|Gustave Courbet's - The Stone Breakers 1849|
This painting is an important demonstration
of new approaches towards subject matter and representation
in nineteenth century French art
Click to Enlarge
Saturday, 12 May 2012
On one level they did appear to be driven by differing ideologies: Gladstone was very concerned to ensure that there was a moral element to British Foreign Policy. The British should be concerned with spreading civilisation and Christian values. There was a contradiction at the heart of Gladstone’s belief in upholding the empire which promoted self-determination for some peoples but not for others. Gladstone’s Foreign Policy was liberal in that it focused on ‘progress’: education was essential in that it would enable people to realise their potential.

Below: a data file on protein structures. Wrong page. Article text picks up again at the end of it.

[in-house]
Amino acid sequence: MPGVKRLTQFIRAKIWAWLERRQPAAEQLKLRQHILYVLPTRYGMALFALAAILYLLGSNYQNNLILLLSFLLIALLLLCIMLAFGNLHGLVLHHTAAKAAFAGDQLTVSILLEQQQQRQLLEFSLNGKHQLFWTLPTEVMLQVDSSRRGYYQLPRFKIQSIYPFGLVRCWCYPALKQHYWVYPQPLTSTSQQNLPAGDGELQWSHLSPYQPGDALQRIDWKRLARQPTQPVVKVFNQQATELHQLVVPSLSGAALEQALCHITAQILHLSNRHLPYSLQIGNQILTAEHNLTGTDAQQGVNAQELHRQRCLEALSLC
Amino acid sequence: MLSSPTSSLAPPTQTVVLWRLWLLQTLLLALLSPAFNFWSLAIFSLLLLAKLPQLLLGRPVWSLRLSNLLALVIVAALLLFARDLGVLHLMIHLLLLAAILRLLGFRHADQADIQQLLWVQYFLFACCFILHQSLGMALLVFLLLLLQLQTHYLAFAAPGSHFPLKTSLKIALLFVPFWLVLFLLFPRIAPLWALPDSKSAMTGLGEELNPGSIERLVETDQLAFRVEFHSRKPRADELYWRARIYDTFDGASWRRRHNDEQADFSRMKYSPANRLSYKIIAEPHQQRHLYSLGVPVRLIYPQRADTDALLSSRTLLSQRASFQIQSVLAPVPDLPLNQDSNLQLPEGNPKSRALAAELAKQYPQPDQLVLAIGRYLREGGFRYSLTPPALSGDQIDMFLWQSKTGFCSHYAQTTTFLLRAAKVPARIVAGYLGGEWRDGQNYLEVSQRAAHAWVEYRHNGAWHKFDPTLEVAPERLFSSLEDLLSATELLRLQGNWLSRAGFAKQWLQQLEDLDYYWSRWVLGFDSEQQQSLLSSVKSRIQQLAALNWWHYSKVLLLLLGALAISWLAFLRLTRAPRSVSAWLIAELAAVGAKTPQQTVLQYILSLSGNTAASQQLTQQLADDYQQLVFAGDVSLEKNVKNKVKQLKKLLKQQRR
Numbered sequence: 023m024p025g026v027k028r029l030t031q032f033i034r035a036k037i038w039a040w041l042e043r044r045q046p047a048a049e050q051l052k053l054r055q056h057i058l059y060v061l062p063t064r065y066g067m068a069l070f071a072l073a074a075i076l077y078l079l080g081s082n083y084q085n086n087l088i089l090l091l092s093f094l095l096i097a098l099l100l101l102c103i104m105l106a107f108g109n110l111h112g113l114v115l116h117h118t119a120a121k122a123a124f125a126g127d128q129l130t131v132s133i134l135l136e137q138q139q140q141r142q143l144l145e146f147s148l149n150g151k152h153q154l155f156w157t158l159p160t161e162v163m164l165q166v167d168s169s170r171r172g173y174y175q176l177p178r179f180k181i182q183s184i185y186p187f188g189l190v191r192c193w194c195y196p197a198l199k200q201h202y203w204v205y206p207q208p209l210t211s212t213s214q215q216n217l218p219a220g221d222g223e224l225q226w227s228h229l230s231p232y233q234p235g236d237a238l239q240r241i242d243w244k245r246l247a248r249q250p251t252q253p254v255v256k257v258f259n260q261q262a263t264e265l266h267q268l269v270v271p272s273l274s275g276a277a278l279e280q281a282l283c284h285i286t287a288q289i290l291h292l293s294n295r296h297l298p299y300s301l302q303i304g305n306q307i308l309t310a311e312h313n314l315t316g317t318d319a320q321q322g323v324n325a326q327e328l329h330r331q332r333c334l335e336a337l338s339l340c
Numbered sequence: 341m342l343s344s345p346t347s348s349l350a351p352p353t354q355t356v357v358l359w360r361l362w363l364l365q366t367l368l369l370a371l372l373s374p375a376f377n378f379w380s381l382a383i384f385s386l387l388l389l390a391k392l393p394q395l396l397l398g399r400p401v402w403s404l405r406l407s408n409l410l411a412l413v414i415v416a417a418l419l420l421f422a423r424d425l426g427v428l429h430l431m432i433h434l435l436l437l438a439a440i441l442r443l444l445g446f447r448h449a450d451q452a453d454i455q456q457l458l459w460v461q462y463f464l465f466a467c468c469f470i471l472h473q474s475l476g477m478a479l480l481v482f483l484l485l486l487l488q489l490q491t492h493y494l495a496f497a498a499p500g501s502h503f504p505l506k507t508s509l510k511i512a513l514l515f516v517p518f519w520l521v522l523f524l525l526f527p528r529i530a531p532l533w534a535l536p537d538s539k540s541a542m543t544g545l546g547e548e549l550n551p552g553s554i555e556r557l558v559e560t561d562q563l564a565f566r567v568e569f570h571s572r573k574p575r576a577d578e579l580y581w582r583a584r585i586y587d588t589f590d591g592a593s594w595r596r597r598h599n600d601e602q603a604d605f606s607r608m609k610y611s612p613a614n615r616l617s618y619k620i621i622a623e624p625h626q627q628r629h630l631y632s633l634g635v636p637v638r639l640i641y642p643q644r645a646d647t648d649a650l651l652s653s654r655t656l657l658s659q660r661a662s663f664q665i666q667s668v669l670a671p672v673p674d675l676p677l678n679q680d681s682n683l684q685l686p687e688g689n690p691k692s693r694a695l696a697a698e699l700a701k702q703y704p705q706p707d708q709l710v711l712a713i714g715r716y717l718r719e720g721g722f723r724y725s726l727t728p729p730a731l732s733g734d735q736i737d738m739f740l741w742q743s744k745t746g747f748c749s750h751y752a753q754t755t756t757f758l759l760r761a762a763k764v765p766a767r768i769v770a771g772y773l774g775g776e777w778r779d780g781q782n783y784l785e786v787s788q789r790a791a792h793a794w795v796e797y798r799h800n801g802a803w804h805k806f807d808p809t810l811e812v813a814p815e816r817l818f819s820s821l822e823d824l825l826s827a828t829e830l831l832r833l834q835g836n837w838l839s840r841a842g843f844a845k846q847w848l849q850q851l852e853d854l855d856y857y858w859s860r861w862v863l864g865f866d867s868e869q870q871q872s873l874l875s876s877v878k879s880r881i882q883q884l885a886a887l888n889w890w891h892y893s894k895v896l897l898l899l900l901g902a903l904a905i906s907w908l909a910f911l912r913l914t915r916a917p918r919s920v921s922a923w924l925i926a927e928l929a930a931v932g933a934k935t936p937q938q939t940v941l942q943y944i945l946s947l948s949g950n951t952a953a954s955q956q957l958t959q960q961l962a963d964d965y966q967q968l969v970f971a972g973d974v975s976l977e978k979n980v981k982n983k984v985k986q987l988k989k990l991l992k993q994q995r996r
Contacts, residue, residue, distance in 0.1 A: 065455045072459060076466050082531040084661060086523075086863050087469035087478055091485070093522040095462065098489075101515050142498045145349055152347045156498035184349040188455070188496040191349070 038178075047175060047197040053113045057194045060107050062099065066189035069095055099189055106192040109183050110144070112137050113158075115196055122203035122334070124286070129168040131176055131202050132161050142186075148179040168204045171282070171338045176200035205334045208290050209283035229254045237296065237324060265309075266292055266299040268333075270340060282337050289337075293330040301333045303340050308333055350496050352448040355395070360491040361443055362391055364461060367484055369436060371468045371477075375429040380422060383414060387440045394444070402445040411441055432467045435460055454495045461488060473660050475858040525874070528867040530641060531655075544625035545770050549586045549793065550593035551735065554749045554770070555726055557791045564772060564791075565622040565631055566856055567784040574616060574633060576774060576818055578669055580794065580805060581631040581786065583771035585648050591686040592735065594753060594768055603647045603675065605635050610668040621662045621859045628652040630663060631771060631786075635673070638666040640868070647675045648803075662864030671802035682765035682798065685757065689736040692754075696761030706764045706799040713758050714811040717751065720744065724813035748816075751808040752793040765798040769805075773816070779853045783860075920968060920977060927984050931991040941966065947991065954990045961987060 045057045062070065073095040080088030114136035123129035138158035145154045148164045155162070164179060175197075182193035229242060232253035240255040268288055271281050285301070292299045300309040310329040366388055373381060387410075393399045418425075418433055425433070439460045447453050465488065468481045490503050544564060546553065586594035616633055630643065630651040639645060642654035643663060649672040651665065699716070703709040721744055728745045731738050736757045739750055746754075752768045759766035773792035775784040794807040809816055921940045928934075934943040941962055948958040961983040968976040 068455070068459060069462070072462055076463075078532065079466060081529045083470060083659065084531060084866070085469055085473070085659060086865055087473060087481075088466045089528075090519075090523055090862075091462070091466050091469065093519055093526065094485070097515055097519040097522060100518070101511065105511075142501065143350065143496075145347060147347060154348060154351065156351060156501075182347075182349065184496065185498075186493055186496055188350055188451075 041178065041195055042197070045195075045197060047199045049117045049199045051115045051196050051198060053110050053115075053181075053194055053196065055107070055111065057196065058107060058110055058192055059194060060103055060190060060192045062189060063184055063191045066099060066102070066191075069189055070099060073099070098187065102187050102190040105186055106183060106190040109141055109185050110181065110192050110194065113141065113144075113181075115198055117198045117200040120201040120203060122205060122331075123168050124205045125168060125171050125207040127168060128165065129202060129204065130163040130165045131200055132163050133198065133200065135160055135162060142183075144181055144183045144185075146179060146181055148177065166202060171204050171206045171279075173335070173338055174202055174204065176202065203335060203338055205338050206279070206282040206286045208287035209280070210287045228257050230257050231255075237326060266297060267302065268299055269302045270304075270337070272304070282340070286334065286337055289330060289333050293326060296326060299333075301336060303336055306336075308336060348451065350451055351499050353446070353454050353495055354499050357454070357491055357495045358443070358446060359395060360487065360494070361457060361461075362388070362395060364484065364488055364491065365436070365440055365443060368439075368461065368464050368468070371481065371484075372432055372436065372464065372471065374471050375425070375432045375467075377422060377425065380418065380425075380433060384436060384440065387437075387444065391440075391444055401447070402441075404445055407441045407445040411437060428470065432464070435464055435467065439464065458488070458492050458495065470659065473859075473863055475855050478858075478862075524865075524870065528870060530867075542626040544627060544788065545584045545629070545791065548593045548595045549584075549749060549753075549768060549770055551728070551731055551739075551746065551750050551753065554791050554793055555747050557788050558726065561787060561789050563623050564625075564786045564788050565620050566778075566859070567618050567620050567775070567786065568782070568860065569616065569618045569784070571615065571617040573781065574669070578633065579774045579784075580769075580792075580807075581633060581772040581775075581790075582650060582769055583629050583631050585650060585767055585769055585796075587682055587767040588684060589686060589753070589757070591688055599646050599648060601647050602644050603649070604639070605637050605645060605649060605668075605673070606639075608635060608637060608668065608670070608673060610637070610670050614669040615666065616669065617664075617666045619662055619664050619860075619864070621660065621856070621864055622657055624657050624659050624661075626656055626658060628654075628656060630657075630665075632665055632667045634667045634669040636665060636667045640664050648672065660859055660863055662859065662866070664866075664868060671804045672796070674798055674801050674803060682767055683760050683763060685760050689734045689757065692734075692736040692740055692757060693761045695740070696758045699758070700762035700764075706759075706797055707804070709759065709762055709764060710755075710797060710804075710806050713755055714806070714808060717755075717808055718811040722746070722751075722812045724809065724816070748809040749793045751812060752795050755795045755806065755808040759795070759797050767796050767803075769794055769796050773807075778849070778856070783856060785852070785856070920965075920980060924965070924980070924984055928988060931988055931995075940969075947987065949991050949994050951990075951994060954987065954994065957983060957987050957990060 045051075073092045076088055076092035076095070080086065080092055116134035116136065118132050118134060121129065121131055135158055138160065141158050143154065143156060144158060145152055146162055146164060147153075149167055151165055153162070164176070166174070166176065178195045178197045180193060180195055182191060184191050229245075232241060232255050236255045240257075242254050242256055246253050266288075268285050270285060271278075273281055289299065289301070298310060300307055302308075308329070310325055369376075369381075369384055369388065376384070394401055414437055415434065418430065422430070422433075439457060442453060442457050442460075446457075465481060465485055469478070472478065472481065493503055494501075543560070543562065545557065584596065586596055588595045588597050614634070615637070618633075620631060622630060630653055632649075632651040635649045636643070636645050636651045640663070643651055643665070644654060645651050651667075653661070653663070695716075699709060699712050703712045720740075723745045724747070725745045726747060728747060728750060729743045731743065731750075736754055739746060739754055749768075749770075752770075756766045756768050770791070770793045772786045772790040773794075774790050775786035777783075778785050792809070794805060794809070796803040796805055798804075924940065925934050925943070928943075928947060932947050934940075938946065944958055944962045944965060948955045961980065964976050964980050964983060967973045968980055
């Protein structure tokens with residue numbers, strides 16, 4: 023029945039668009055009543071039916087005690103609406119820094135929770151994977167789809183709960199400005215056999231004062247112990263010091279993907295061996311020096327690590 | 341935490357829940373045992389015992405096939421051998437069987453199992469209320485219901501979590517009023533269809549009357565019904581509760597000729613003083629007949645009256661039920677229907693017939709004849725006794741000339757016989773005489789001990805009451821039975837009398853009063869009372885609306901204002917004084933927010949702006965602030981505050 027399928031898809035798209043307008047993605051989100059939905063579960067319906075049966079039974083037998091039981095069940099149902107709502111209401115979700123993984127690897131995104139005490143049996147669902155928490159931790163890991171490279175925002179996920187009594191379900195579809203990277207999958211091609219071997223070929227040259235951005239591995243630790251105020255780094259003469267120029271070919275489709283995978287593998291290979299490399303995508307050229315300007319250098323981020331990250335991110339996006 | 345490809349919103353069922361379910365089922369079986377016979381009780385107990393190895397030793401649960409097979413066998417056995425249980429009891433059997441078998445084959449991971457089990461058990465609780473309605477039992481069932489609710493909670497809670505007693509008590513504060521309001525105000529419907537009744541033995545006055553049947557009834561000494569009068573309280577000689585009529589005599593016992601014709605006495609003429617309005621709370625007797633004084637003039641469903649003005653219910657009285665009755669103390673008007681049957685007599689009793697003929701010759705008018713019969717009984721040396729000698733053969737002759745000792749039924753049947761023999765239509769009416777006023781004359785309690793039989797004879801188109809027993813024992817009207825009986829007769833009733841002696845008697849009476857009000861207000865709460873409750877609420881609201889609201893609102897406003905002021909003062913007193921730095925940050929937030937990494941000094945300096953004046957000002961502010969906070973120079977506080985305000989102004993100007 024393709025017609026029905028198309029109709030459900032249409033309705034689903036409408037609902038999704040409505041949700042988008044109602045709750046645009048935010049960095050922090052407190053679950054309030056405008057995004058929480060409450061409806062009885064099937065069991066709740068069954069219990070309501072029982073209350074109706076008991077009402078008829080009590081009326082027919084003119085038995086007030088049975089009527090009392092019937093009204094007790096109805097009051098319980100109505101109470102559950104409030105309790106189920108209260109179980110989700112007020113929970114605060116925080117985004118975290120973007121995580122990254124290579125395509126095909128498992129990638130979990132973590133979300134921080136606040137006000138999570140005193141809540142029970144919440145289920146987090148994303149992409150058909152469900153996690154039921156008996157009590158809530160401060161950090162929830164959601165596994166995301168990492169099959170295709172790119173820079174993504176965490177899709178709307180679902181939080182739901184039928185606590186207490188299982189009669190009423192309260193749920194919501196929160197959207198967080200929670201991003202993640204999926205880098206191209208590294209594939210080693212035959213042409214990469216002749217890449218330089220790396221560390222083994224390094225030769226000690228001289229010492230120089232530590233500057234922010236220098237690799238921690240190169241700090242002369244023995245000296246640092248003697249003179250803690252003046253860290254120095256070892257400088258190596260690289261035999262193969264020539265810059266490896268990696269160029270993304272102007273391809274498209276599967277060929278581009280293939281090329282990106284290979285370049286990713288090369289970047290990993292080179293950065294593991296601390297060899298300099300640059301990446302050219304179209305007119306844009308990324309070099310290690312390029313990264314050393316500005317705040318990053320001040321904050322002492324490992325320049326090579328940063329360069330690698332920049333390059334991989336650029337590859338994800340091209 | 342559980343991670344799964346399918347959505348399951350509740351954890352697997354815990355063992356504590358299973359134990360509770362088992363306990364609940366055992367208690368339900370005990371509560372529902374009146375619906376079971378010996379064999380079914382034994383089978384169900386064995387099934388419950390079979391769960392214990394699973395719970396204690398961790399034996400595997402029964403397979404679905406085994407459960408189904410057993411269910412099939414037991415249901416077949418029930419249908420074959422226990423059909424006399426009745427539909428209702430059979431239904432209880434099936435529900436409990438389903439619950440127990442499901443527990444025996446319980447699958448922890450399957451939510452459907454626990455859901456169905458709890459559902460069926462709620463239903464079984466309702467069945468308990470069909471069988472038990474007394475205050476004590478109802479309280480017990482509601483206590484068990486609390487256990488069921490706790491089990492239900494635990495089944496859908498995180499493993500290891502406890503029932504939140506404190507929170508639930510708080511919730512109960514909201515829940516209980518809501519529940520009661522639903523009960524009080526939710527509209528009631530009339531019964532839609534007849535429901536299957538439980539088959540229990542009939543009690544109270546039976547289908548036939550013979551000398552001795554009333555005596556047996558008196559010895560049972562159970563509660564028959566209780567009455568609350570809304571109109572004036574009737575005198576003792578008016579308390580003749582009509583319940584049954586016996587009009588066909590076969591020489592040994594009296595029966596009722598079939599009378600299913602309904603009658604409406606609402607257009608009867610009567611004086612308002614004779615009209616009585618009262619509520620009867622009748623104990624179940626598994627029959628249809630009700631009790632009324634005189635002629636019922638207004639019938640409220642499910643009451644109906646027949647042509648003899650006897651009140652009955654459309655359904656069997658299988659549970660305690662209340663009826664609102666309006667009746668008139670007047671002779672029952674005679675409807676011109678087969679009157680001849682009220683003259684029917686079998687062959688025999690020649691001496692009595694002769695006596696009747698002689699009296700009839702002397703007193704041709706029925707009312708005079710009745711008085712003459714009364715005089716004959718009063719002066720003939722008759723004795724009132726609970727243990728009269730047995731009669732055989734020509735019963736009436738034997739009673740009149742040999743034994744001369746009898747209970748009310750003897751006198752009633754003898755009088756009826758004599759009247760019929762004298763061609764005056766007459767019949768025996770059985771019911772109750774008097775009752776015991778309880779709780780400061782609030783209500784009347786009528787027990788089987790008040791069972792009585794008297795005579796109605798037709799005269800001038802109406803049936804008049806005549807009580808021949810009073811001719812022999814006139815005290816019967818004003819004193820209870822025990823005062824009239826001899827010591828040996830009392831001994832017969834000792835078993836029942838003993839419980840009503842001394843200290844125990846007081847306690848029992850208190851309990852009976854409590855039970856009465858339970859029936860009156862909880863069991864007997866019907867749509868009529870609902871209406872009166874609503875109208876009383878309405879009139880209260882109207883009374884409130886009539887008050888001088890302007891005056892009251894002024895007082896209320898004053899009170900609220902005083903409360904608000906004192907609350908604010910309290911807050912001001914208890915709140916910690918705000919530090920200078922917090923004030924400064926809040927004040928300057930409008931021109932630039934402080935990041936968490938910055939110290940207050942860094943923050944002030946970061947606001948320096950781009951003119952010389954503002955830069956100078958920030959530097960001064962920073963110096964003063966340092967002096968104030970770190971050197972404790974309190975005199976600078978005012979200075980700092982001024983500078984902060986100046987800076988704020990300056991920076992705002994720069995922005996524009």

In comparison, Disraeli seemed to relish in the business of empire. In 1872 in the Crystal Palace and Manchester Speeches he set down the maintenance of the British empire and British interests, such as trade, as a central part of his belief in Tory Democracy. He was prepared to engage the British in campaigns regardless of cost. And he was the master of opportunity. For example, Disraeli jumped at the purchase of the Suez Canal Shares: Gladstone called it a ‘ruinous and mischievous misdeed’, but it was an important sign that the British government was prepared to defend her overland routes to India. It was interesting that Gladstone when he returned to power in 1880 did not reverse the purchase. Indeed, the irony is that Gladstone in 1882 ordered the bombing and complete occupation of Egypt in order to preserve British interests: arguably, this was much more of a forward policy than anything Disraeli proposed.
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